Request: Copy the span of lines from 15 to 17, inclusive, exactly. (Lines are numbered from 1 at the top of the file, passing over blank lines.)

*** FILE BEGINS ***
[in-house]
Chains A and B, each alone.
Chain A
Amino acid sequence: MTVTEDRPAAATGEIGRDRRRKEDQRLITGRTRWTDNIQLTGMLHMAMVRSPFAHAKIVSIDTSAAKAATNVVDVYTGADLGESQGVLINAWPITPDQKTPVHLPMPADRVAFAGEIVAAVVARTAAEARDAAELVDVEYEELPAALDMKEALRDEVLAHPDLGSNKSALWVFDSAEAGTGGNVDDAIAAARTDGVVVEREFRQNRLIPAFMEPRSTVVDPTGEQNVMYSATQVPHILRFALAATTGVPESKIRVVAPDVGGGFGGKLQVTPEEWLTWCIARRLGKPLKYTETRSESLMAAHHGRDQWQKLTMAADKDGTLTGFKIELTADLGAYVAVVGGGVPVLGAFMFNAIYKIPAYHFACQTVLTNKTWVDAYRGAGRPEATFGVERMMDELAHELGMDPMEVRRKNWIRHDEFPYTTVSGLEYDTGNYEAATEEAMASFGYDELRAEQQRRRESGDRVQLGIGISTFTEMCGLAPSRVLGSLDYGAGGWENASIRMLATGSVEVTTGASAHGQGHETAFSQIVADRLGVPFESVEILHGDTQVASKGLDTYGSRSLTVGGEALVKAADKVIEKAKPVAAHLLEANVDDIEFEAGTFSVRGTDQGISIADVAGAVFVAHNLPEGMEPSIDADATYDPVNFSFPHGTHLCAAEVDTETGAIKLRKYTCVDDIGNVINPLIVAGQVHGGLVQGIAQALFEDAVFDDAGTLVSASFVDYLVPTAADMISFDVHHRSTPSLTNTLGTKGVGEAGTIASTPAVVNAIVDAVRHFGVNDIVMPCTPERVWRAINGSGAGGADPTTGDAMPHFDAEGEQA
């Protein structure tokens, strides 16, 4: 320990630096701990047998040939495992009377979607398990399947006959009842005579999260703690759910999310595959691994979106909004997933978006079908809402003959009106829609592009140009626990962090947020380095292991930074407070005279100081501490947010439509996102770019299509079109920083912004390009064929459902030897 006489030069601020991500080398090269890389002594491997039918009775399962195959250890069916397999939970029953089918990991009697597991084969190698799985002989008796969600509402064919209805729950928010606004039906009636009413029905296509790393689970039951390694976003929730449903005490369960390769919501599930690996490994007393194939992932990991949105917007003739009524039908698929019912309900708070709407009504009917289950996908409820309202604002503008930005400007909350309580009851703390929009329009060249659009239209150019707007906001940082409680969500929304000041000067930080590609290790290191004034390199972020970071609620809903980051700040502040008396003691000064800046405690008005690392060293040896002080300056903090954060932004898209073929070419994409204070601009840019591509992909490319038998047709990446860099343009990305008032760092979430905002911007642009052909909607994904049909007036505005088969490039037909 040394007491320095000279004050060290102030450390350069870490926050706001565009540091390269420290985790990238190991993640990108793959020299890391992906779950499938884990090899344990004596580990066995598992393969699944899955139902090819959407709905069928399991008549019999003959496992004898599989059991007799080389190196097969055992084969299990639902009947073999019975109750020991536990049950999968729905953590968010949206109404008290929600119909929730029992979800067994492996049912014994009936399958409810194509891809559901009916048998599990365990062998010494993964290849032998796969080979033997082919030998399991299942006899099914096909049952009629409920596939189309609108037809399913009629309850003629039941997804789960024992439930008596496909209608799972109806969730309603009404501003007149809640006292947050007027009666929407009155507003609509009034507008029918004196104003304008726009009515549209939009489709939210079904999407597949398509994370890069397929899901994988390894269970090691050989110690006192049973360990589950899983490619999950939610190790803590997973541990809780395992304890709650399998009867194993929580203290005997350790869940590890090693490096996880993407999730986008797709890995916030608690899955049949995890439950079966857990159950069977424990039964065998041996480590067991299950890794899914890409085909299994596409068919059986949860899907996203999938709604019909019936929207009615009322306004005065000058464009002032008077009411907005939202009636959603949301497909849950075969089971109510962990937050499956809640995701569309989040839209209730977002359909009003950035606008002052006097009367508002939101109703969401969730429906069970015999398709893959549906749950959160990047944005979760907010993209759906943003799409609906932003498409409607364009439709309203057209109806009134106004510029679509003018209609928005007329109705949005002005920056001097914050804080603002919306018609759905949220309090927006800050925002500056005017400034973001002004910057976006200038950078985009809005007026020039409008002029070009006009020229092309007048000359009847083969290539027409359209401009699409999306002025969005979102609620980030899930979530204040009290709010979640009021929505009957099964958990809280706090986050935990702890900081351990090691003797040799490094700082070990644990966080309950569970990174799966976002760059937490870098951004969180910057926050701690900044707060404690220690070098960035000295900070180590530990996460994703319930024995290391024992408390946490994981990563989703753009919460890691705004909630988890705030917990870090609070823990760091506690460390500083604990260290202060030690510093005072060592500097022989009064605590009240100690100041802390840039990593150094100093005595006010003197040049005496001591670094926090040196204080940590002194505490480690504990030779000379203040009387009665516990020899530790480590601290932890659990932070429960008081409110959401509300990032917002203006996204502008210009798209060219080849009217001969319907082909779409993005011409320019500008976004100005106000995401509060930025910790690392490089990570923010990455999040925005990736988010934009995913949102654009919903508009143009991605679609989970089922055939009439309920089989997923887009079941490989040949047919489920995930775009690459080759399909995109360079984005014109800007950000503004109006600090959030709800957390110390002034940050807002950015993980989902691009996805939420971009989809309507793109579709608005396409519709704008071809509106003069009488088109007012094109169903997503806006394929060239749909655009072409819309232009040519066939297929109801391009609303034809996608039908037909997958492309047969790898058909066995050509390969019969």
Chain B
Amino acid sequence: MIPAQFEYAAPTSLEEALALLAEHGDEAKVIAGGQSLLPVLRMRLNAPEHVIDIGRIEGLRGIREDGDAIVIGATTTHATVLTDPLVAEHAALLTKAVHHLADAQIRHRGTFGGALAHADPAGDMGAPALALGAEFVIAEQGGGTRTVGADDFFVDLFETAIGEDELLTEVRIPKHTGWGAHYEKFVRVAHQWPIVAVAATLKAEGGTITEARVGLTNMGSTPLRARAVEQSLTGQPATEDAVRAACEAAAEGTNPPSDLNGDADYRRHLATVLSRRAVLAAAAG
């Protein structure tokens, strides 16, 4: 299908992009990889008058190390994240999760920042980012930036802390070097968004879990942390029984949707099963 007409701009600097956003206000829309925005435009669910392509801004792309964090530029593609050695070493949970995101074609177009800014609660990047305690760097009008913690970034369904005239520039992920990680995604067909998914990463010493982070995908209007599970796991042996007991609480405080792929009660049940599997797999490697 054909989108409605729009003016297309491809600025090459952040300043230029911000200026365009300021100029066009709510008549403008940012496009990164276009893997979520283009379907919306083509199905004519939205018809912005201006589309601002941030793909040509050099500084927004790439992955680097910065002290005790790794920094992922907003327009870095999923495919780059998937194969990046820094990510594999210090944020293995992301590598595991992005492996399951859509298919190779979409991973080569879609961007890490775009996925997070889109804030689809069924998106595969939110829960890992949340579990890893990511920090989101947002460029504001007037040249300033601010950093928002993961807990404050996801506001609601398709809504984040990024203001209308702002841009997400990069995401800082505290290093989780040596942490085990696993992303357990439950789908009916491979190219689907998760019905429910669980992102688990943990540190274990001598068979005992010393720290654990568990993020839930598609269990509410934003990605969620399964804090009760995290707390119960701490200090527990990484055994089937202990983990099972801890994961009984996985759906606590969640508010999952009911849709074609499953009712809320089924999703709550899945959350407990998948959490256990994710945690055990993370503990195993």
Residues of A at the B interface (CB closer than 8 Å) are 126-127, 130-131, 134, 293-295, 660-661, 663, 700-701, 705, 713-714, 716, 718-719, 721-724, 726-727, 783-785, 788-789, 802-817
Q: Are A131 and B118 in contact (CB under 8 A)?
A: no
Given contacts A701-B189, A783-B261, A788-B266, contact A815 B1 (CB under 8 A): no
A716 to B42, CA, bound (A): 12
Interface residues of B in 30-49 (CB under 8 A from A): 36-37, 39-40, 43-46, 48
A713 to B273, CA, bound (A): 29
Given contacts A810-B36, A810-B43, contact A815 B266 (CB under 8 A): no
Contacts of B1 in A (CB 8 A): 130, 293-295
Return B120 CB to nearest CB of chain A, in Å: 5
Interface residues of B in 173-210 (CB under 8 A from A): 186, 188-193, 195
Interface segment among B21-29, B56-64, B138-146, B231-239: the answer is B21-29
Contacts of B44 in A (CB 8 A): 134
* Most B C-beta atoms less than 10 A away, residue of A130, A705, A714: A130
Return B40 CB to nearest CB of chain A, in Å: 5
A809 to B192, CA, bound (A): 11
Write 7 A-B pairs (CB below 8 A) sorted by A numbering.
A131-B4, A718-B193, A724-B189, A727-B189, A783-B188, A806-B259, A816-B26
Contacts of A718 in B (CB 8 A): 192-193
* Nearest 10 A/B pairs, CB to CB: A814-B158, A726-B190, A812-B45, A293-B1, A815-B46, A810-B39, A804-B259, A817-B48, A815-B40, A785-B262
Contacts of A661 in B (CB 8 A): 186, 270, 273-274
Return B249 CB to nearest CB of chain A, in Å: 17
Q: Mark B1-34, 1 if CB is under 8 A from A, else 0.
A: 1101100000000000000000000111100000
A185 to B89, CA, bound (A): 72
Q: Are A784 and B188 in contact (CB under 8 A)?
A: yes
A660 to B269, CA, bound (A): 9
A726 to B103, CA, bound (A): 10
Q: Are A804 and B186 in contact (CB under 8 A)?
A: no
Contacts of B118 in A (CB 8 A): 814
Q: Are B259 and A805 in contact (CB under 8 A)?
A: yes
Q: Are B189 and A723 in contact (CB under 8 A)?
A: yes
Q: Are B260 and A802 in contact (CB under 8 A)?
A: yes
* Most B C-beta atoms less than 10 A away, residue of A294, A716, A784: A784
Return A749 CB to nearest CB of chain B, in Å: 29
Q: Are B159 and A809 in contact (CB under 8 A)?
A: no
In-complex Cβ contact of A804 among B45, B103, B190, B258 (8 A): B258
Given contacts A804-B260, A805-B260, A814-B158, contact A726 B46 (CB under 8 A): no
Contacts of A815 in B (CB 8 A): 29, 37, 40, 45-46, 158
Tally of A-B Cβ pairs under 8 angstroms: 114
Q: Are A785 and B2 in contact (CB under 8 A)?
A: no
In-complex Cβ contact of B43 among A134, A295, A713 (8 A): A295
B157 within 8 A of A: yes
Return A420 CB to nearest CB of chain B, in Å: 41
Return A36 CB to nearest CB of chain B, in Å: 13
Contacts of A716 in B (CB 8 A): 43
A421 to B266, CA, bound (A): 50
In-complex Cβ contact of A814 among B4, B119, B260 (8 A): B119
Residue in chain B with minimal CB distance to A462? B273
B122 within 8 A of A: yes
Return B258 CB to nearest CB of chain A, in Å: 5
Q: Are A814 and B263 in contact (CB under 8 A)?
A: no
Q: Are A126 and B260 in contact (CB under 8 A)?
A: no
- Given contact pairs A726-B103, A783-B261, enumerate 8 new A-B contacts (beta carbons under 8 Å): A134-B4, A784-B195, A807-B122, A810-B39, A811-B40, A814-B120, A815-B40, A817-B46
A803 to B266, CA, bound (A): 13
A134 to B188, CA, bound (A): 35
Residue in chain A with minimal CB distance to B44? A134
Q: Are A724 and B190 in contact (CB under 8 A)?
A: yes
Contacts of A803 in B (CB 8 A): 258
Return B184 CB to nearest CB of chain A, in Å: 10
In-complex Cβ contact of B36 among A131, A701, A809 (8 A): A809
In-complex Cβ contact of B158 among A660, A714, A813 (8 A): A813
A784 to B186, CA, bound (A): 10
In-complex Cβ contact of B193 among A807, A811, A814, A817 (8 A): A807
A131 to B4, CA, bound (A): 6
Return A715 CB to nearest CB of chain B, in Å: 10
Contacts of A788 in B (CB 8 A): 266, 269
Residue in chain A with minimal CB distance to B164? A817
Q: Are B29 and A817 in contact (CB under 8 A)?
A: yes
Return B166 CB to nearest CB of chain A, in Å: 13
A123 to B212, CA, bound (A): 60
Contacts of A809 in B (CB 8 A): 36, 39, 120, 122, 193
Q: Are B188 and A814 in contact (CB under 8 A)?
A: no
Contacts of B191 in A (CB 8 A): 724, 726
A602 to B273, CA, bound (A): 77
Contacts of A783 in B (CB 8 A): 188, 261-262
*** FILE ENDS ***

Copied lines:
A713 to B273, CA, bound (A): 29
Given contacts A810-B36, A810-B43, contact A815 B266 (CB under 8 A): no
Contacts of B1 in A (CB 8 A): 130, 293-295